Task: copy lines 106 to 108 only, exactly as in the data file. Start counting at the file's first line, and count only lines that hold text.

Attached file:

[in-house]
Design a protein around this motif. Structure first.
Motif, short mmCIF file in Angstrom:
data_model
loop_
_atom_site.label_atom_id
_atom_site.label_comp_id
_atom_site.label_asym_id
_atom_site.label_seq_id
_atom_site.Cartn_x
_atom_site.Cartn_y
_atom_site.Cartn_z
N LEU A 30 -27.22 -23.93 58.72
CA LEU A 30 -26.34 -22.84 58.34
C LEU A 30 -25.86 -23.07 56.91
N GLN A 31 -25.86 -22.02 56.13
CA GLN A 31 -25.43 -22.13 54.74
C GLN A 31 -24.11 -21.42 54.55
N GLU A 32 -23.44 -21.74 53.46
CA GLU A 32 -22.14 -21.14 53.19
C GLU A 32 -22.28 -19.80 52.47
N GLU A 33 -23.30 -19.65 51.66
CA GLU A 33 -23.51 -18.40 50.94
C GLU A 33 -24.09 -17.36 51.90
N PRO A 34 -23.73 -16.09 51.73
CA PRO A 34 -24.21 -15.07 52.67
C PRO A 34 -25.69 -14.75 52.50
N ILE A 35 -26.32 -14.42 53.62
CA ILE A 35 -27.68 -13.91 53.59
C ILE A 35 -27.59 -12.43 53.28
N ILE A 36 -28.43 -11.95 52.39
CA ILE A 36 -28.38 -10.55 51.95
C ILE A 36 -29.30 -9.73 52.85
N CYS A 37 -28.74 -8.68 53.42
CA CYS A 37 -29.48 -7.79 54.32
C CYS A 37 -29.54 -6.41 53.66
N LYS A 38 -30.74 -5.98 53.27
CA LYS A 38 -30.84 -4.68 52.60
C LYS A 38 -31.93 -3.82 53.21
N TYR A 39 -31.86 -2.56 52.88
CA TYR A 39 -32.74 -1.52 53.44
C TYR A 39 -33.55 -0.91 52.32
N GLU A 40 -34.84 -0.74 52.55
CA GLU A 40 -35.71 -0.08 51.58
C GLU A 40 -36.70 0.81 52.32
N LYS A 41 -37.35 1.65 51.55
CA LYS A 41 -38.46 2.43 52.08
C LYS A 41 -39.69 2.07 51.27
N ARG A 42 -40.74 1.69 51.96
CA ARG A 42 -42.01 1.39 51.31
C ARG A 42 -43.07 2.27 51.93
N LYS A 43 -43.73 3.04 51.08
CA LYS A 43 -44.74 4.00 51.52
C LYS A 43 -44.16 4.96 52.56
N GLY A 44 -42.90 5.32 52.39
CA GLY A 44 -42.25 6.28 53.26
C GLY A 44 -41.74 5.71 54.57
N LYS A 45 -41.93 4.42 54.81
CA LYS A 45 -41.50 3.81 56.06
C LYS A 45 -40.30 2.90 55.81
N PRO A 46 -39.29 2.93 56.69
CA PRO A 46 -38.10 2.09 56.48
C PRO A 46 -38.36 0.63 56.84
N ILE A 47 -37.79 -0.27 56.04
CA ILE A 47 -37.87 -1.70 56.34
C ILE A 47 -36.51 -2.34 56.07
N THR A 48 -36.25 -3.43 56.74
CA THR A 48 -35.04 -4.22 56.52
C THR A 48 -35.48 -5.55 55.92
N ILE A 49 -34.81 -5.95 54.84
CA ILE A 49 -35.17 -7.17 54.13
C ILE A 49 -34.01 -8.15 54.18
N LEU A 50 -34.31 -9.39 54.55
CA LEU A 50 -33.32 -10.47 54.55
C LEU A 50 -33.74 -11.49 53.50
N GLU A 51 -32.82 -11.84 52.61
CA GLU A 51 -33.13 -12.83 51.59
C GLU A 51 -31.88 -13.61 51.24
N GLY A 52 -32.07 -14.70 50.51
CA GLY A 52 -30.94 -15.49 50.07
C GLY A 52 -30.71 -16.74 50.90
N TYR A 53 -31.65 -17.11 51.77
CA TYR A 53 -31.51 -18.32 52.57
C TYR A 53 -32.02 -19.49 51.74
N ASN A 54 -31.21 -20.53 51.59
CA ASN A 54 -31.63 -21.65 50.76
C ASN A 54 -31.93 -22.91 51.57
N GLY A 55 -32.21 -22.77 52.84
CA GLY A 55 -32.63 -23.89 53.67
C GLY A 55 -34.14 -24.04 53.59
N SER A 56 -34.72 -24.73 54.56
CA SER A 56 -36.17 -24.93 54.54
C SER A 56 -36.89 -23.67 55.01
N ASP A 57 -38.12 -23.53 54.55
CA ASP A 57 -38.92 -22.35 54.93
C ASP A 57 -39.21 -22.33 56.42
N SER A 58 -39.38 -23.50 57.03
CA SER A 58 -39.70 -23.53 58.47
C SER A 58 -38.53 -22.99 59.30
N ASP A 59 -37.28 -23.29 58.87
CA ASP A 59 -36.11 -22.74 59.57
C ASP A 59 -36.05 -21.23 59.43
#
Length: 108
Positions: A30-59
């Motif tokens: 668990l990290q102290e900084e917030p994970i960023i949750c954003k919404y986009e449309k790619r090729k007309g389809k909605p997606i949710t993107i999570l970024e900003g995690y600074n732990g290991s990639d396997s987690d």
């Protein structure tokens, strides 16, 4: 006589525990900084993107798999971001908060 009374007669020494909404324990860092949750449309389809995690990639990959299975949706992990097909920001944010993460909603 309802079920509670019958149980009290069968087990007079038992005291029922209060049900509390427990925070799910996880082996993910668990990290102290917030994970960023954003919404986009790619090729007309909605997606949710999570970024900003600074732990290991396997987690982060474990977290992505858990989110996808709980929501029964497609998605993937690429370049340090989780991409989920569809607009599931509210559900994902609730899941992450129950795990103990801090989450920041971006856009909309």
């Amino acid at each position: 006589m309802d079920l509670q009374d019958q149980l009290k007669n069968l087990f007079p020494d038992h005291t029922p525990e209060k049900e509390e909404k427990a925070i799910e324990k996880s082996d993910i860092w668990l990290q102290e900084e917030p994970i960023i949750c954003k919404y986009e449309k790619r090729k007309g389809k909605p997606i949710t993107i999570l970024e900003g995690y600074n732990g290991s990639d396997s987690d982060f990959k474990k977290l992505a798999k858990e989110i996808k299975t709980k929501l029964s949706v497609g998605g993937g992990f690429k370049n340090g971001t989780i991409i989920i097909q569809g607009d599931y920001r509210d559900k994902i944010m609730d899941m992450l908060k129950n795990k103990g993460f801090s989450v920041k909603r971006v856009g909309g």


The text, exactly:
């Motif tokens: 668990l990290q102290e900084e917030p994970i960023i949750c954003k919404y986009e449309k790619r090729k007309g389809k909605p997606i949710t993107i999570l970024e900003g995690y600074n732990g290991s990639d396997s987690d």
């Protein structure tokens, strides 16, 4: 006589525990900084993107798999971001908060 009374007669020494909404324990860092949750449309389809995690990639990959299975949706992990097909920001944010993460909603 309802079920509670019958149980009290069968087990007079038992005291029922209060049900509390427990925070799910996880082996993910668990990290102290917030994970960023954003919404986009790619090729007309909605997606949710999570970024900003600074732990290991396997987690982060474990977290992505858990989110996808709980929501029964497609998605993937690429370049340090989780991409989920569809607009599931509210559900994902609730899941992450129950795990103990801090989450920041971006856009909309």
């Amino acid at each position: 006589m309802d079920l509670q009374d019958q149980l009290k007669n069968l087990f007079p020494d038992h005291t029922p525990e209060k049900e509390e909404k427990a925070i799910e324990k996880s082996d993910i860092w668990l990290q102290e900084e917030p994970i960023i949750c954003k919404y986009e449309k790619r090729k007309g389809k909605p997606i949710t993107i999570l970024e900003g995690y600074n732990g290991s990639d396997s987690d982060f990959k474990k977290l992505a798999k858990e989110i996808k299975t709980k929501l029964s949706v497609g998605g993937g992990f690429k370049n340090g971001t989780i991409i989920i097909q569809g607009d599931y920001r509210d559900k994902i944010m609730d899941m992450l908060k129950n795990k103990g993460f801090s989450v920041k909603r971006v856009g909309g």